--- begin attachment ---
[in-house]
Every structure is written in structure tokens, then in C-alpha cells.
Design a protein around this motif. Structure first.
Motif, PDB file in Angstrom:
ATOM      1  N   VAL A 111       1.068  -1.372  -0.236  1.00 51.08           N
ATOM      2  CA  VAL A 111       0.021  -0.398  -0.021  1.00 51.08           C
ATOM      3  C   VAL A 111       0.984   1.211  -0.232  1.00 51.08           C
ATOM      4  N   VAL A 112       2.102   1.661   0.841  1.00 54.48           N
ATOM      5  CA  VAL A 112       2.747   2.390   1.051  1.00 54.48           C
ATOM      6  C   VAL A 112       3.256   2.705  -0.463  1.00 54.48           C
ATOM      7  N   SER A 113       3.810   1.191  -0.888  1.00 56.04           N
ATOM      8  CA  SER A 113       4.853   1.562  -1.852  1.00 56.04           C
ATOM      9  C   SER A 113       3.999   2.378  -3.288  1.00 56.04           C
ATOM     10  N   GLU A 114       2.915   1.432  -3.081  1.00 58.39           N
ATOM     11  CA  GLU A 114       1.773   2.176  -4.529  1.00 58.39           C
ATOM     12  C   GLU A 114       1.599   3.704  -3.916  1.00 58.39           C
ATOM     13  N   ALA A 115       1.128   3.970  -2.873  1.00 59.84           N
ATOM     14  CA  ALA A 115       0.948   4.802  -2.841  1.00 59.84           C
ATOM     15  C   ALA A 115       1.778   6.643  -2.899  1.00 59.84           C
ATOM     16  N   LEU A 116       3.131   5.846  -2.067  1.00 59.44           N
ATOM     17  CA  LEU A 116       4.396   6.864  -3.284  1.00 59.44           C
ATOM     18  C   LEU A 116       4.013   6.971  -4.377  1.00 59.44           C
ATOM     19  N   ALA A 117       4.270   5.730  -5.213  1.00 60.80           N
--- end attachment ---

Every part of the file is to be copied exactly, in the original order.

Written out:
[in-house]
Every structure is written in structure tokens, then in C-alpha cells.
Design a protein around this motif. Structure first.
Motif, PDB file in Angstrom:
ATOM      1  N   VAL A 111       1.068  -1.372  -0.236  1.00 51.08           N
ATOM      2  CA  VAL A 111       0.021  -0.398  -0.021  1.00 51.08           C
ATOM      3  C   VAL A 111       0.984   1.211  -0.232  1.00 51.08           C
ATOM      4  N   VAL A 112       2.102   1.661   0.841  1.00 54.48           N
ATOM      5  CA  VAL A 112       2.747   2.390   1.051  1.00 54.48           C
ATOM      6  C   VAL A 112       3.256   2.705  -0.463  1.00 54.48           C
ATOM      7  N   SER A 113       3.810   1.191  -0.888  1.00 56.04           N
ATOM      8  CA  SER A 113       4.853   1.562  -1.852  1.00 56.04           C
ATOM      9  C   SER A 113       3.999   2.378  -3.288  1.00 56.04           C
ATOM     10  N   GLU A 114       2.915   1.432  -3.081  1.00 58.39           N
ATOM     11  CA  GLU A 114       1.773   2.176  -4.529  1.00 58.39           C
ATOM     12  C   GLU A 114       1.599   3.704  -3.916  1.00 58.39           C
ATOM     13  N   ALA A 115       1.128   3.970  -2.873  1.00 59.84           N
ATOM     14  CA  ALA A 115       0.948   4.802  -2.841  1.00 59.84           C
ATOM     15  C   ALA A 115       1.778   6.643  -2.899  1.00 59.84           C
ATOM     16  N   LEU A 116       3.131   5.846  -2.067  1.00 59.44           N
ATOM     17  CA  LEU A 116       4.396   6.864  -3.284  1.00 59.44           C
ATOM     18  C   LEU A 116       4.013   6.971  -4.377  1.00 59.44           C
ATOM     19  N   ALA A 117       4.270   5.730  -5.213  1.00 60.80           N